5. Her family lore says that her grandfather lost part of his farm in a game of Go-Stop.
  6. She likes creating scavenger hunts in which participants dress like secret agents and follow clues.
  7. Her favorite places in the world include Seoul, London, and Tokyo.
  8. She was president of the New York University policy debate team.
  9. Her family dogs, Belle and Yoko, both bark incredibly loudly despite being foolishly tiny.
  10. She lives in New York City, but folks can tell she grew up in Texas by how often she says ya’ll.

Review: Okay, okay, I know we aren’t supposed to judge a book by its cover, but this cover was yelling READ ME to me, and I am so glad that I finally had the chance to and now share it with you all!

There is so much good happening in this book!

First, I love a good retelling! It brings a classical tale and its themes to a modern era.

Second, so many readers are going to connect with Pippa either because they understand what it is like to go to a new school or to fit in with a cool crowd or to have people not understand how important something is to you.

Third, there is so much to discuss with the book! You’ll see below in the discussion questions that in addition to connecting it with Great Expectations, there are opportunities to discuss family, the American Dream, culture, empathy, friendship, and more!

Fourth, I loved how complex the characters and situations were. Pippa is our protagonist but anything but perfect. Mina, Pippa’s sister, is so strict and seems heartless, but there is more there. Eliot is so cold, but there is a whole story there. And more! Such truth in the characterization of these middle schoolers and secondary characters.

Author Guest Post: Visit our Author Guest Post by Erin Yun as she shares five classics reimagined as middle grade novels.

Also, in her latest blog, Erin opened up on why she wrote this Korean American story for kids and how the recent #AAPI conversation about the lack of diverse Asian voices mirrors her own experience as a young reader. Read the blog here.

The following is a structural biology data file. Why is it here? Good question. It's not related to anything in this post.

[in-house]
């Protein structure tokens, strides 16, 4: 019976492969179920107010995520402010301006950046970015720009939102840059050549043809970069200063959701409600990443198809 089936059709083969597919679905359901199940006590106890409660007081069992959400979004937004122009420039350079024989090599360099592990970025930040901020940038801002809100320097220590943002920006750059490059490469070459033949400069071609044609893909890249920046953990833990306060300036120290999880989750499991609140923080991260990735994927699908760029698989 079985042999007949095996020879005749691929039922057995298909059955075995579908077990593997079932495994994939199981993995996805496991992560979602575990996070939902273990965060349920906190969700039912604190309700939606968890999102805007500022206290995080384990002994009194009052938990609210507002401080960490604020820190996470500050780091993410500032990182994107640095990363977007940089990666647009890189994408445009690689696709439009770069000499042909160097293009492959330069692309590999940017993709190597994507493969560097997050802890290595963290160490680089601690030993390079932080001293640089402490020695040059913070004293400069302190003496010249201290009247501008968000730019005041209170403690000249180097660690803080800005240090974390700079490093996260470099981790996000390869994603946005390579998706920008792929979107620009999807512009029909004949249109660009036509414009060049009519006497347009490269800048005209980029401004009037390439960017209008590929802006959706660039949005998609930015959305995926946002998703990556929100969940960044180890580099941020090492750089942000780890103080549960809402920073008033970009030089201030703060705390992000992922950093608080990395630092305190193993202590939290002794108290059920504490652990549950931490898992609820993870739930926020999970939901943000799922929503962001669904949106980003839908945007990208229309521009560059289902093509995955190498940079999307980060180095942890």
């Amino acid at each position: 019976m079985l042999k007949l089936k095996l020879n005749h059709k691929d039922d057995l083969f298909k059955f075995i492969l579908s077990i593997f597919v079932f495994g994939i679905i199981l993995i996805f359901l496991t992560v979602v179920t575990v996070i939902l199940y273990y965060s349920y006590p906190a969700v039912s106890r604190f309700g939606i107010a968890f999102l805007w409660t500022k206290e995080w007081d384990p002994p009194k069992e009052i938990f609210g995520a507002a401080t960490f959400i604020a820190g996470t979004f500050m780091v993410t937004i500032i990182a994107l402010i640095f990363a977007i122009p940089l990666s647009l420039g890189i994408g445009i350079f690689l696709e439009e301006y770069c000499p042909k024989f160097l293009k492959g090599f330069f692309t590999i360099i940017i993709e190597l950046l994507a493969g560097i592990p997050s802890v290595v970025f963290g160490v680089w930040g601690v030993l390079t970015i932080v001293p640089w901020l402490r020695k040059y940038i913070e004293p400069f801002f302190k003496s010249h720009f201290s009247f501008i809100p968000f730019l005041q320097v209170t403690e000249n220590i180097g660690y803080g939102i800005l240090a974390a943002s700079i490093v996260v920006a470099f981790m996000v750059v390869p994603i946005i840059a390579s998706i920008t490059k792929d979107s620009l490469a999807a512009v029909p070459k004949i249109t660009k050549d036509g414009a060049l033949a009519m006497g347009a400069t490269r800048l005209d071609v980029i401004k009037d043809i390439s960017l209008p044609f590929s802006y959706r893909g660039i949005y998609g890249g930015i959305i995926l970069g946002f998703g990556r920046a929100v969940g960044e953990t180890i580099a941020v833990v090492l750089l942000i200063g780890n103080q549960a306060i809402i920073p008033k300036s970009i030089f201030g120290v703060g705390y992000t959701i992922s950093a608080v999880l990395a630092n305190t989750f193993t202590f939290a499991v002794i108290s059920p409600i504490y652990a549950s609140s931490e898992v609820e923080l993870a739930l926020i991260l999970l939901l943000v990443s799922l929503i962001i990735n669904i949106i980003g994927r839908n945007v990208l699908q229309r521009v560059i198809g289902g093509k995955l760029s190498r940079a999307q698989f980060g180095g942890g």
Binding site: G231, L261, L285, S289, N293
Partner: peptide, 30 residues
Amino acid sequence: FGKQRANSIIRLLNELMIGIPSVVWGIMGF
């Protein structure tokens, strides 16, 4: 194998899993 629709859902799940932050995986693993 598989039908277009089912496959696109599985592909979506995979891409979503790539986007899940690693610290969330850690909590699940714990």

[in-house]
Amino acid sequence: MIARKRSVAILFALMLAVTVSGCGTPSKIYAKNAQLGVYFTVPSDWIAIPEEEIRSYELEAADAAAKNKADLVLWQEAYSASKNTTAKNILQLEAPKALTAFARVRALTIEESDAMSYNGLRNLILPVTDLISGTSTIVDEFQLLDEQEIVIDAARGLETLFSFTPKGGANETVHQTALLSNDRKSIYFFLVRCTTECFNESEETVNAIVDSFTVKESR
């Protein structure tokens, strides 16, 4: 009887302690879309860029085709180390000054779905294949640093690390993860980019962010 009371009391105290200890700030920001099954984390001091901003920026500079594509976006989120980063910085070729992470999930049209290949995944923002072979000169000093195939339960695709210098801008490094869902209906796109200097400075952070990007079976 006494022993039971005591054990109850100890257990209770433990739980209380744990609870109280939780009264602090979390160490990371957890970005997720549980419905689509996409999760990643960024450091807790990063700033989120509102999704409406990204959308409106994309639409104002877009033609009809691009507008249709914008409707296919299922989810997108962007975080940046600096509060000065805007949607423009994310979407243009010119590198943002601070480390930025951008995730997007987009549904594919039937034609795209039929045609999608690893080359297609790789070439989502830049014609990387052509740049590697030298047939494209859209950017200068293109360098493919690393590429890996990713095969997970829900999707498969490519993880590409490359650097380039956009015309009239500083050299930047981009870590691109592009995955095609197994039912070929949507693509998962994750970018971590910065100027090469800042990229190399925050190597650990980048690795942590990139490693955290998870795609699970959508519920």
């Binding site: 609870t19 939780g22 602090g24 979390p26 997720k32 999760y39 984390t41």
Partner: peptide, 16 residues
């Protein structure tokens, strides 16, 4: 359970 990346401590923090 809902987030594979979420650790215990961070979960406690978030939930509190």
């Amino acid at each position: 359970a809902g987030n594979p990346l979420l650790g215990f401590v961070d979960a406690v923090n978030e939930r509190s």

Teachers’ Tools for Navigation: At Pippa Park.com, there are so many wonderful resources to help use this book in classrooms!

The Tween Book Club Activity Kit includes the discussion questions below, word games, writing prompts, language arts guide, virtual author visit program, and an escape room activity! (The Common Core Language Arts Guide, Escape Room Activity, and Author Program Worksheet can also be downloaded separately.)

Erin Yun is also available for author events!

Discussion Questions: 

From the back matter (some aspects of the questions removed because of spoilers)

  • Pippa isn’t an orphan, but at times she feels like one. Describe Pippa’s relationship with Mina, her older sister. Why is Mina so tough on Pippa? Discuss whether Mina resents taking care of Pippa. How is Jung-Hwa, Mina’s husband, a father figure to Pippa? How does he make Pippa feel better after she has a fight with Mina?
  • What is the definition of family? Explain why Pippa’s mother had to return to Korea. How are Mina and Jung-Hwa realizing the American Dream? Discuss how Pippa’s family situation is similar to that of new American’s throughout our nation. How are many of them separated from their loved ones? Discuss why it’s important to celebrate all types of families.